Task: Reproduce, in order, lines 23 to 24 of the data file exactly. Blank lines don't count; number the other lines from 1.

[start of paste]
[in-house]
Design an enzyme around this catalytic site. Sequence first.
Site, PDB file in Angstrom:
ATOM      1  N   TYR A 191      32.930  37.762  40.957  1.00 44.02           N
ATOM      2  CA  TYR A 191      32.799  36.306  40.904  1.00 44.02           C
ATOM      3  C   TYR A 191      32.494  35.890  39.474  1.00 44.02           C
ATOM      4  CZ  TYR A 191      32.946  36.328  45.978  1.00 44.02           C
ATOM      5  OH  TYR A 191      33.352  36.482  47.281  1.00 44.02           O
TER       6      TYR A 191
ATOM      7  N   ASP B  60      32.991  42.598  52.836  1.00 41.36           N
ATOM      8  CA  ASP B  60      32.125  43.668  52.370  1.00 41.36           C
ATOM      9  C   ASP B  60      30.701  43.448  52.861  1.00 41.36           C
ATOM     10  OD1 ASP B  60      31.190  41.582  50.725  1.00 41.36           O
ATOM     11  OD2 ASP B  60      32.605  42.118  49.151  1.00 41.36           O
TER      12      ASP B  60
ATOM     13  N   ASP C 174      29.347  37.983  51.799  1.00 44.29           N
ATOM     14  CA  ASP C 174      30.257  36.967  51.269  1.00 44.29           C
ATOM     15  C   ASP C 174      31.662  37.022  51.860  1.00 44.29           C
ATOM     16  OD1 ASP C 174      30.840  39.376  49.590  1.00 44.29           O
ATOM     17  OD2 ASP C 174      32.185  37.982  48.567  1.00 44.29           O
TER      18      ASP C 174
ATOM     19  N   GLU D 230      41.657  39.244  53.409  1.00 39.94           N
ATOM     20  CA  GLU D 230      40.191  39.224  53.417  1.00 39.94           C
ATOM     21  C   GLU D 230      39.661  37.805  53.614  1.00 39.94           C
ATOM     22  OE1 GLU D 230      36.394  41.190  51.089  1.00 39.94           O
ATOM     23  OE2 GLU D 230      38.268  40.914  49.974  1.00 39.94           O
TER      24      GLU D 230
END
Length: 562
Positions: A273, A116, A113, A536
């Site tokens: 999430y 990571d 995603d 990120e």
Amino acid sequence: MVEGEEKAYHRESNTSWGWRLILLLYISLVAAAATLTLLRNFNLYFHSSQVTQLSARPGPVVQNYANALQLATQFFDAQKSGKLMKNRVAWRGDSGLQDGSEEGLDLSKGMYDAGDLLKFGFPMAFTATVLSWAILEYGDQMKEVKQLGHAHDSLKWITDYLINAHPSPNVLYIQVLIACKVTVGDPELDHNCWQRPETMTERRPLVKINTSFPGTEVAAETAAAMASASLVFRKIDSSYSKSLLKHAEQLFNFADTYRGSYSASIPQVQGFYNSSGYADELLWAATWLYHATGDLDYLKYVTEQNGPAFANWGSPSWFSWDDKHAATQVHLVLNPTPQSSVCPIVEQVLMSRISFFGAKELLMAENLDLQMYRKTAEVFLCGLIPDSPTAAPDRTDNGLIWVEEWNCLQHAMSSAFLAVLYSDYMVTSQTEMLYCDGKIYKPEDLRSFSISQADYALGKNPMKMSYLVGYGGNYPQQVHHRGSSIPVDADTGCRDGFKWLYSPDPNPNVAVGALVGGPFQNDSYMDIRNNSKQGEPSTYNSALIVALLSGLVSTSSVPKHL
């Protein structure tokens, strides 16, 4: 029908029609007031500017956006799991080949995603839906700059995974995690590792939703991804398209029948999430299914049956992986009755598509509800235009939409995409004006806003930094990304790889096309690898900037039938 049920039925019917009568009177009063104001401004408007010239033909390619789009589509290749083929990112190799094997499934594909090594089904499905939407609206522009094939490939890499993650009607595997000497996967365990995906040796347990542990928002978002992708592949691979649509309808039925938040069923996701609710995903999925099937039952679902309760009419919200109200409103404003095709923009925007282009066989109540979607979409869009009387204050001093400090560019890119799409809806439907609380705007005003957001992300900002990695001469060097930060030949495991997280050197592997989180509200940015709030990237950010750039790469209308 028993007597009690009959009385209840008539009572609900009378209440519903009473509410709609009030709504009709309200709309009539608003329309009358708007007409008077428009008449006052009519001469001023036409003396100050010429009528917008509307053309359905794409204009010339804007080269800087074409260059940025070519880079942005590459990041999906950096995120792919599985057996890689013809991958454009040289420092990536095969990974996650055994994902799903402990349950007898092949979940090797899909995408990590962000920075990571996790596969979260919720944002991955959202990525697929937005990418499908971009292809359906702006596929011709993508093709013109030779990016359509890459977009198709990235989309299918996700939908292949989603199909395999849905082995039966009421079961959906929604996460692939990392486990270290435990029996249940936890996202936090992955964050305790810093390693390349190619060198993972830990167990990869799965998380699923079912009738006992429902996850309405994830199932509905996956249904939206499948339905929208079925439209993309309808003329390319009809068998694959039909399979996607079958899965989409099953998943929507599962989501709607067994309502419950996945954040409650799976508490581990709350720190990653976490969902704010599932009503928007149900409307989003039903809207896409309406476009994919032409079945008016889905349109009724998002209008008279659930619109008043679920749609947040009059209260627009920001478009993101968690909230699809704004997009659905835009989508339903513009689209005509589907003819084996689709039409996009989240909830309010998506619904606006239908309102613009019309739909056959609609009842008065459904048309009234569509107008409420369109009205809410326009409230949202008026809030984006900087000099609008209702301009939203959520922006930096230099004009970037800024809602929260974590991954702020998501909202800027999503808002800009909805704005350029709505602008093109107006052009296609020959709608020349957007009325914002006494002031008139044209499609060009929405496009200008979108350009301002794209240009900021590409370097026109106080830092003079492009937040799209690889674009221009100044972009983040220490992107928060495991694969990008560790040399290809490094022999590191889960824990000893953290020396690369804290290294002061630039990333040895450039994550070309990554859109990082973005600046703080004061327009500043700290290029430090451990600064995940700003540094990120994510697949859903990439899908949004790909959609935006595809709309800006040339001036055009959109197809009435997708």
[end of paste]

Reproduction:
ATOM     20  CA  GLU D 230      40.191  39.224  53.417  1.00 39.94           C
ATOM     21  C   GLU D 230      39.661  37.805  53.614  1.00 39.94           C